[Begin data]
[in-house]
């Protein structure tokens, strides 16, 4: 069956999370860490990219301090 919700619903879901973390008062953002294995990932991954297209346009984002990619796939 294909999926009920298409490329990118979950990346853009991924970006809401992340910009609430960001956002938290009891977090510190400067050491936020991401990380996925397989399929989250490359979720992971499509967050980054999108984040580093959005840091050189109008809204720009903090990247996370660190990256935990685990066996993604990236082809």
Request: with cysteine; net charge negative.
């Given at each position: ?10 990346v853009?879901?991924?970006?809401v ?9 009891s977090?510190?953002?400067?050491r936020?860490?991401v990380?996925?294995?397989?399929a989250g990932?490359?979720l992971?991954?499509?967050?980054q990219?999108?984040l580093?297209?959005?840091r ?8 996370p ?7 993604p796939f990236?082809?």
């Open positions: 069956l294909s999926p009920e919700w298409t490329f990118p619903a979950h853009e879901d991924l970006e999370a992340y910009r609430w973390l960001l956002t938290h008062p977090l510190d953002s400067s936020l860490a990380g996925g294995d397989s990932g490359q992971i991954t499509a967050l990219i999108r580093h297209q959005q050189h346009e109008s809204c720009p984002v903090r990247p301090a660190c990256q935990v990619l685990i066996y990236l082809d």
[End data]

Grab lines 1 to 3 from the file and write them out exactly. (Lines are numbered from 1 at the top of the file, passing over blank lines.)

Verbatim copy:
[in-house]
């Protein structure tokens, strides 16, 4: 069956999370860490990219301090 919700619903879901973390008062953002294995990932991954297209346009984002990619796939 294909999926009920298409490329990118979950990346853009991924970006809401992340910009609430960001956002938290009891977090510190400067050491936020991401990380996925397989399929989250490359979720992971499509967050980054999108984040580093959005840091050189109008809204720009903090990247996370660190990256935990685990066996993604990236082809």
Request: with cysteine; net charge negative.